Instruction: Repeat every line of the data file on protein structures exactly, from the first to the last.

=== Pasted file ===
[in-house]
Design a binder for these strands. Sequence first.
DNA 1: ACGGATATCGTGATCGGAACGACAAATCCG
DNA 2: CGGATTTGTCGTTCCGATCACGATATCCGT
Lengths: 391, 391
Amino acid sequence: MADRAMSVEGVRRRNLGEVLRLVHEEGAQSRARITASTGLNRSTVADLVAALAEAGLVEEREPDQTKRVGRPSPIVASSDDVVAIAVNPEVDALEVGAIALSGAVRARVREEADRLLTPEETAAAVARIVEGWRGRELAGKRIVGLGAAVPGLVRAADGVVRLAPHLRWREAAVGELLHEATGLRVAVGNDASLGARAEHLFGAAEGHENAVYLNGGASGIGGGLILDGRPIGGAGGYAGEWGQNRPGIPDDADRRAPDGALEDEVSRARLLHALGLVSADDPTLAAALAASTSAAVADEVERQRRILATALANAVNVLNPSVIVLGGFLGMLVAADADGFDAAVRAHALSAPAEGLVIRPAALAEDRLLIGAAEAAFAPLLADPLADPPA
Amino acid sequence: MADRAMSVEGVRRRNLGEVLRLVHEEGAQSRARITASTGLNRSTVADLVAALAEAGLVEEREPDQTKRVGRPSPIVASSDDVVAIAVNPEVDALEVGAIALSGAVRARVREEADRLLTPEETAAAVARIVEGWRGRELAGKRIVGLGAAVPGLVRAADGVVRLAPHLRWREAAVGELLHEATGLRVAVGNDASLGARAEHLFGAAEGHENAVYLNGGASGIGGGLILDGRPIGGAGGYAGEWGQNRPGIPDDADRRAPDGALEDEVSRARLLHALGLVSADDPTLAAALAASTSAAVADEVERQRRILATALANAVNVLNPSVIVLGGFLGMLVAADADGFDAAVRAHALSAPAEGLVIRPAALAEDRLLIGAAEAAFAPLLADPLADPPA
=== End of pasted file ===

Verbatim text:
[in-house]
Design a binder for these strands. Sequence first.
DNA 1: ACGGATATCGTGATCGGAACGACAAATCCG
DNA 2: CGGATTTGTCGTTCCGATCACGATATCCGT
Lengths: 391, 391
Amino acid sequence: MADRAMSVEGVRRRNLGEVLRLVHEEGAQSRARITASTGLNRSTVADLVAALAEAGLVEEREPDQTKRVGRPSPIVASSDDVVAIAVNPEVDALEVGAIALSGAVRARVREEADRLLTPEETAAAVARIVEGWRGRELAGKRIVGLGAAVPGLVRAADGVVRLAPHLRWREAAVGELLHEATGLRVAVGNDASLGARAEHLFGAAEGHENAVYLNGGASGIGGGLILDGRPIGGAGGYAGEWGQNRPGIPDDADRRAPDGALEDEVSRARLLHALGLVSADDPTLAAALAASTSAAVADEVERQRRILATALANAVNVLNPSVIVLGGFLGMLVAADADGFDAAVRAHALSAPAEGLVIRPAALAEDRLLIGAAEAAFAPLLADPLADPPA
Amino acid sequence: MADRAMSVEGVRRRNLGEVLRLVHEEGAQSRARITASTGLNRSTVADLVAALAEAGLVEEREPDQTKRVGRPSPIVASSDDVVAIAVNPEVDALEVGAIALSGAVRARVREEADRLLTPEETAAAVARIVEGWRGRELAGKRIVGLGAAVPGLVRAADGVVRLAPHLRWREAAVGELLHEATGLRVAVGNDASLGARAEHLFGAAEGHENAVYLNGGASGIGGGLILDGRPIGGAGGYAGEWGQNRPGIPDDADRRAPDGALEDEVSRARLLHALGLVSADDPTLAAALAASTSAAVADEVERQRRILATALANAVNVLNPSVIVLGGFLGMLVAADADGFDAAVRAHALSAPAEGLVIRPAALAEDRLLIGAAEAAFAPLLADPLADPPA